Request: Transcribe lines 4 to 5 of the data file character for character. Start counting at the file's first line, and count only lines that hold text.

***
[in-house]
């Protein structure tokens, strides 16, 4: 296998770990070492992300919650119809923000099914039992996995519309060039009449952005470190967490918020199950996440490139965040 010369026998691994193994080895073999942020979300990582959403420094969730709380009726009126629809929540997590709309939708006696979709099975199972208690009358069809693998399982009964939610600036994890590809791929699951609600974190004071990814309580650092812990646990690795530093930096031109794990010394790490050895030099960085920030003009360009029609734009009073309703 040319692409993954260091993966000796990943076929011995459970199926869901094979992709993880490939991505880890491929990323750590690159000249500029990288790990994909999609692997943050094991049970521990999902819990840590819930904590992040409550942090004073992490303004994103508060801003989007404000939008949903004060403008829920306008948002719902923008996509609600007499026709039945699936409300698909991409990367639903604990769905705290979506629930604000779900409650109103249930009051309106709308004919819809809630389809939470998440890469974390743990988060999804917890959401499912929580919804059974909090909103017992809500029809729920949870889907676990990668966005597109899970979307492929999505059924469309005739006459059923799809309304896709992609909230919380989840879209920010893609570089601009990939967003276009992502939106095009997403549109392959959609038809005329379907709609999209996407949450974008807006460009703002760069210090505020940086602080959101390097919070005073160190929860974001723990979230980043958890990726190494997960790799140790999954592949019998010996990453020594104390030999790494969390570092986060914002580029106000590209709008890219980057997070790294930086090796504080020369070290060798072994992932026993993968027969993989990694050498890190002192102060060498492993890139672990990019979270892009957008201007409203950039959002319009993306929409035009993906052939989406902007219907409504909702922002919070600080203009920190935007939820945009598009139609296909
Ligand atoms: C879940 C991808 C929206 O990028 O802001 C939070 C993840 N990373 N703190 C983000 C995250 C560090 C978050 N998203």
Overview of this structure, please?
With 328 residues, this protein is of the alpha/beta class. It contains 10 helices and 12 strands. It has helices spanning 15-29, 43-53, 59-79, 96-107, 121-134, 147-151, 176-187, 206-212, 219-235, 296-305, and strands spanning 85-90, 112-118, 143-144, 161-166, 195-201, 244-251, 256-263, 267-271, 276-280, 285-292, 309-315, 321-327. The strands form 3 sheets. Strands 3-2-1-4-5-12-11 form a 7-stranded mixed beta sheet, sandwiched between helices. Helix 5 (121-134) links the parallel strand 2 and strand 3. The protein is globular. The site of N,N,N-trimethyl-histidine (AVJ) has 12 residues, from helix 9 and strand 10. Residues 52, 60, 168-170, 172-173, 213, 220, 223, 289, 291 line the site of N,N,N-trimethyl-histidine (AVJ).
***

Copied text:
Overview of this structure, please?
With 328 residues, this protein is of the alpha/beta class. It contains 10 helices and 12 strands. It has helices spanning 15-29, 43-53, 59-79, 96-107, 121-134, 147-151, 176-187, 206-212, 219-235, 296-305, and strands spanning 85-90, 112-118, 143-144, 161-166, 195-201, 244-251, 256-263, 267-271, 276-280, 285-292, 309-315, 321-327. The strands form 3 sheets. Strands 3-2-1-4-5-12-11 form a 7-stranded mixed beta sheet, sandwiched between helices. Helix 5 (121-134) links the parallel strand 2 and strand 3. The protein is globular. The site of N,N,N-trimethyl-histidine (AVJ) has 12 residues, from helix 9 and strand 10. Residues 52, 60, 168-170, 172-173, 213, 220, 223, 289, 291 line the site of N,N,N-trimethyl-histidine (AVJ).